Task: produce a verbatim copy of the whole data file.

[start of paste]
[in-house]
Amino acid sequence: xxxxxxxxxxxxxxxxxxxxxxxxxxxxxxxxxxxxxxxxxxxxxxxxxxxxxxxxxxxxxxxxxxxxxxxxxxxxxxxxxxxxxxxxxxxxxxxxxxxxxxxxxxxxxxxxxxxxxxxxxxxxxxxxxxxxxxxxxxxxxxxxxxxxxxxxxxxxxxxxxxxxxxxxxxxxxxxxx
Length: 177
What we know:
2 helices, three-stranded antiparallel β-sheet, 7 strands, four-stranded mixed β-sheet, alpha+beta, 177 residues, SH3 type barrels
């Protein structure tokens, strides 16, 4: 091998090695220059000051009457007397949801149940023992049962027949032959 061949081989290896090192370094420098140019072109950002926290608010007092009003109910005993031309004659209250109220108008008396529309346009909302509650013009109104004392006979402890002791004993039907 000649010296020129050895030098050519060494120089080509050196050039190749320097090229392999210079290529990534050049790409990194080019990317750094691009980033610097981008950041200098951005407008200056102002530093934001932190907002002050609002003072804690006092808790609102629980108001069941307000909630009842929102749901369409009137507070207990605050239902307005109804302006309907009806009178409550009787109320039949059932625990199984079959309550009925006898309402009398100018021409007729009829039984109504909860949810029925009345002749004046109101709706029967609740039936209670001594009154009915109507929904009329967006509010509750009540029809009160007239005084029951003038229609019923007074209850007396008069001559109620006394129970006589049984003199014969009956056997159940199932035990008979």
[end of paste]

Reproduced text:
[in-house]
Amino acid sequence: xxxxxxxxxxxxxxxxxxxxxxxxxxxxxxxxxxxxxxxxxxxxxxxxxxxxxxxxxxxxxxxxxxxxxxxxxxxxxxxxxxxxxxxxxxxxxxxxxxxxxxxxxxxxxxxxxxxxxxxxxxxxxxxxxxxxxxxxxxxxxxxxxxxxxxxxxxxxxxxxxxxxxxxxxxxxxxxxx
Length: 177
What we know:
2 helices, three-stranded antiparallel β-sheet, 7 strands, four-stranded mixed β-sheet, alpha+beta, 177 residues, SH3 type barrels
């Protein structure tokens, strides 16, 4: 091998090695220059000051009457007397949801149940023992049962027949032959 061949081989290896090192370094420098140019072109950002926290608010007092009003109910005993031309004659209250109220108008008396529309346009909302509650013009109104004392006979402890002791004993039907 000649010296020129050895030098050519060494120089080509050196050039190749320097090229392999210079290529990534050049790409990194080019990317750094691009980033610097981008950041200098951005407008200056102002530093934001932190907002002050609002003072804690006092808790609102629980108001069941307000909630009842929102749901369409009137507070207990605050239902307005109804302006309907009806009178409550009787109320039949059932625990199984079959309550009925006898309402009398100018021409007729009829039984109504909860949810029925009345002749004046109101709706029967609740039936209670001594009154009915109507929904009329967006509010509750009540029809009160007239005084029951003038229609019923007074209850007396008069001559109620006394129970006589049984003199014969009956056997159940199932035990008979």